Iron Status of Vegans, Vegetarians and Pescatarians in Norway
Peer reviewed, Journal article
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Original versionBiomolecules. 2021, 11 (3), 1-10). https://doi.org/10.3390/biom11030454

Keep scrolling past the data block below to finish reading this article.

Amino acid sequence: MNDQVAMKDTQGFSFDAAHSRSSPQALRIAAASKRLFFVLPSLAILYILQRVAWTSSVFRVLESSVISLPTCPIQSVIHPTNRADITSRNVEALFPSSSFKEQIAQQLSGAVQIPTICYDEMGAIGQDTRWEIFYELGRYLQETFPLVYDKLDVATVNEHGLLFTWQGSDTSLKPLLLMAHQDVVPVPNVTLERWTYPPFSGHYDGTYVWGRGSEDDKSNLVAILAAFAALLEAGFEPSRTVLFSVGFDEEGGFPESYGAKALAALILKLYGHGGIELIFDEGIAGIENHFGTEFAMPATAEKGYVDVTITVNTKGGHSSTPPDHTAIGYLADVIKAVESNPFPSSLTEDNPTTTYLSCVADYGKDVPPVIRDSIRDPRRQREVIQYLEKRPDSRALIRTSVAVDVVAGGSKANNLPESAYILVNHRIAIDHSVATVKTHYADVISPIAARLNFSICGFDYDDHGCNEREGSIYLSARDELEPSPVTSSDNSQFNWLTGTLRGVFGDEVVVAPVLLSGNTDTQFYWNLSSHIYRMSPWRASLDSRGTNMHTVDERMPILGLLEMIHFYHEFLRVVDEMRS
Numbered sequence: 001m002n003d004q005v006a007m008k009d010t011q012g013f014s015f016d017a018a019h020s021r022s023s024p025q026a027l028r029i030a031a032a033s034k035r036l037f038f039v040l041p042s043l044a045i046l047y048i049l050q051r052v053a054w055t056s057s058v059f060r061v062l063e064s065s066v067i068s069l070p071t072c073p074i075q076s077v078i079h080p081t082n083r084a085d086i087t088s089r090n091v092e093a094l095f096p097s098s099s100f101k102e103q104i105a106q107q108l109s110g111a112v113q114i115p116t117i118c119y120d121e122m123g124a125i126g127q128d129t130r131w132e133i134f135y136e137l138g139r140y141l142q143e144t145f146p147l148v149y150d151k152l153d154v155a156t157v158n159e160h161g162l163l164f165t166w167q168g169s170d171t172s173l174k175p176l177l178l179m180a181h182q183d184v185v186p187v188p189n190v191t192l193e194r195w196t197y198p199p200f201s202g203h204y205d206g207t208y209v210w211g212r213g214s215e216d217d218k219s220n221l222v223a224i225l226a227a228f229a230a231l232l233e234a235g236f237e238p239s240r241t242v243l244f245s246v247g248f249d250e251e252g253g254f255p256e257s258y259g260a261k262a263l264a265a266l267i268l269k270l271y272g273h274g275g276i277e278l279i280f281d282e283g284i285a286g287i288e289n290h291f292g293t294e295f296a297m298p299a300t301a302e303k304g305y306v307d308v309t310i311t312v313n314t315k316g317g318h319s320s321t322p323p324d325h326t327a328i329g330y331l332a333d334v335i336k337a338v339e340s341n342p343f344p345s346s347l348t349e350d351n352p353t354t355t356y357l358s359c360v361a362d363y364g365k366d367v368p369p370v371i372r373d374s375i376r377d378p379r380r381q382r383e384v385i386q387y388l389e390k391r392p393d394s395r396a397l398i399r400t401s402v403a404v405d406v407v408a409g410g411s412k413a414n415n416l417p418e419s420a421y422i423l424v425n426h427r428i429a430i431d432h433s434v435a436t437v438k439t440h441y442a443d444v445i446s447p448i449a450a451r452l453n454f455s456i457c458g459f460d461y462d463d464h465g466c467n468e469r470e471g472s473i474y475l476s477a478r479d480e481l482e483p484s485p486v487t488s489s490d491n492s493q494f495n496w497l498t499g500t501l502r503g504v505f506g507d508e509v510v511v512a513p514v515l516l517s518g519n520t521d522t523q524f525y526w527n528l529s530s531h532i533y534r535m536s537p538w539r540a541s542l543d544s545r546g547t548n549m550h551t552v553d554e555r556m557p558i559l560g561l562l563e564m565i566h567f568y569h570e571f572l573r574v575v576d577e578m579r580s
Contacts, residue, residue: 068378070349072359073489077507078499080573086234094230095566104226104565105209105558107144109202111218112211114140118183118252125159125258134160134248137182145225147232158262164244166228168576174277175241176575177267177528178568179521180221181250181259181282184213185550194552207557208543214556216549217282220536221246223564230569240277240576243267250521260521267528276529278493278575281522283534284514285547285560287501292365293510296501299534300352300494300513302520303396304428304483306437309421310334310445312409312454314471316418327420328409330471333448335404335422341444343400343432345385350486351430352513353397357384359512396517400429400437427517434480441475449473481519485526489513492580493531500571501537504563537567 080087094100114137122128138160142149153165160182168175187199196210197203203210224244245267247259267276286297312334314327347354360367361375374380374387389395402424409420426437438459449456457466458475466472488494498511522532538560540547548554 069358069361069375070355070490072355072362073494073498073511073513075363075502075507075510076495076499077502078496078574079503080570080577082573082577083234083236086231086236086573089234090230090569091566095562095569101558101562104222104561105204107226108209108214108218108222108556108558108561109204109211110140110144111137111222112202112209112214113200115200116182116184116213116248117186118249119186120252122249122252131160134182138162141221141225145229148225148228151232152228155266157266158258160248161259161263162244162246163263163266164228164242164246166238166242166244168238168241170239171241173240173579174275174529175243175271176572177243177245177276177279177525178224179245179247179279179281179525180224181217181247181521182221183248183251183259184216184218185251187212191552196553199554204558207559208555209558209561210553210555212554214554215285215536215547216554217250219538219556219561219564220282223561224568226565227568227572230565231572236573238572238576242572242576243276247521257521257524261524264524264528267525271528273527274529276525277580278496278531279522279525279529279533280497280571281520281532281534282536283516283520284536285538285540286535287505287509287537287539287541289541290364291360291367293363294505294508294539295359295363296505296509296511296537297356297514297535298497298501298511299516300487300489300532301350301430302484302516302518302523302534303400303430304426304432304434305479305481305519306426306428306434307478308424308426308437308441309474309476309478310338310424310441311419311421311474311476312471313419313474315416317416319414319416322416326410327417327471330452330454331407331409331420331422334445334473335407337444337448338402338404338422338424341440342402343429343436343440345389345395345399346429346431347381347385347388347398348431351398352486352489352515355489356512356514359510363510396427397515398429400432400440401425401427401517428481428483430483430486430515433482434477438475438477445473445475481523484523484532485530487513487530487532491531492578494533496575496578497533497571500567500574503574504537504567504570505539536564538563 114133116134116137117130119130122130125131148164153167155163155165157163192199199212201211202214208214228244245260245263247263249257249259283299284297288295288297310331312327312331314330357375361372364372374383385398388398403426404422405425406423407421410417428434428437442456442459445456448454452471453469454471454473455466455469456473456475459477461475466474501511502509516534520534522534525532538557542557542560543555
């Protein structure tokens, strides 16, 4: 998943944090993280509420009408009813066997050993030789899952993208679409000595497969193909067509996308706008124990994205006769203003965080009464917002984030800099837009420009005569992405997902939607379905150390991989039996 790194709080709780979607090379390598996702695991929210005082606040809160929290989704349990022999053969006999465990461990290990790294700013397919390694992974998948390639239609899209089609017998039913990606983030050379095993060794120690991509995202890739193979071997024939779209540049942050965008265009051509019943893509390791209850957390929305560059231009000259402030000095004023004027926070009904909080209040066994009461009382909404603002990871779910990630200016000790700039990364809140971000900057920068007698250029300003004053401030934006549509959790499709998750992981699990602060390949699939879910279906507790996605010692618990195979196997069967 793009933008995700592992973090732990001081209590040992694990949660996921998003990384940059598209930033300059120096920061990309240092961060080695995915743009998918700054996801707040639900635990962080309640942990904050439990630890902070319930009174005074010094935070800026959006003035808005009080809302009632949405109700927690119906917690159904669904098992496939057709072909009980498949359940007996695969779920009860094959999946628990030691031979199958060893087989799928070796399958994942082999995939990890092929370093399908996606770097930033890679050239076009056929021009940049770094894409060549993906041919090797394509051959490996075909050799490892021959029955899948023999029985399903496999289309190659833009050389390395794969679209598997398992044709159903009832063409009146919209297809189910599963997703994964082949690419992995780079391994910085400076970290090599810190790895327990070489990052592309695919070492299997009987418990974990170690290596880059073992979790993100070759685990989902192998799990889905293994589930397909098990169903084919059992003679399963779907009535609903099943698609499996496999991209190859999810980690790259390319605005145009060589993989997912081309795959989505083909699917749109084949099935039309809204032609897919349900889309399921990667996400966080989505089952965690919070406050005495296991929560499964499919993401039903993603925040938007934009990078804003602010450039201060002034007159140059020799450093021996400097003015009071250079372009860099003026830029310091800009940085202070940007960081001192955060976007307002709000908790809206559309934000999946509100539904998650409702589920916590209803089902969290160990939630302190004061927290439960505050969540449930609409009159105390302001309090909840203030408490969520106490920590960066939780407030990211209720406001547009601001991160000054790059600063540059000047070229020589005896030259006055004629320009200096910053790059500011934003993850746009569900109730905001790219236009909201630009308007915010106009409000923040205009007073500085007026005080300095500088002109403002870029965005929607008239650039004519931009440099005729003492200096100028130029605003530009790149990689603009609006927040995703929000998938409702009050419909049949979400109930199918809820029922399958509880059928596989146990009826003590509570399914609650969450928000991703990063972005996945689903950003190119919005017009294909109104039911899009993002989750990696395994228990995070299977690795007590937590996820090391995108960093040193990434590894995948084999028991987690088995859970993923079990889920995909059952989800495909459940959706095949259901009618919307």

Abstract: Although plant-based diets provide well-established physical and environmental health benefits, omitting meat or meat products has also been associated with a risk of being deficient in specific nutrients, such as iron. As data on the iron status among Norwegian vegans, vegetarians and pescatarians are lacking, the present study aimed to assess iron status in these groups of healthy adults. Blood markers for iron status were measured in 191 participants (18–60 years old) comprising 106 vegans, 54 vegetarians and 31 pescatarians: serum-ferritin (S-Fe), serum-iron (S-Iron) and serum-total iron binding capacity (S-TIBC). Serum-transferrin-saturation (S-TSAT) was estimated (S-Iron/S-TIBC × 100). The median concentration of blood markers for iron status were within the normal range with no difference between the different dietary practices. In total, 9% reported iron supplement use the last 24 h. S-Fe concentrations below reference (<15 μg/L) were found in 8% of the participating women, of which one participant reported iron supplement use. In multiple regression analysis, duration of adherence to dietary practices and the female gender were found to be the strongest predictors for decreased S-Fe concentration. In conclusion, although the participants were eating a plant-based diet, the majority had sufficient iron status. Female vegans and vegetarians of reproductive age are at risk of low iron status and should have their iron status monitored.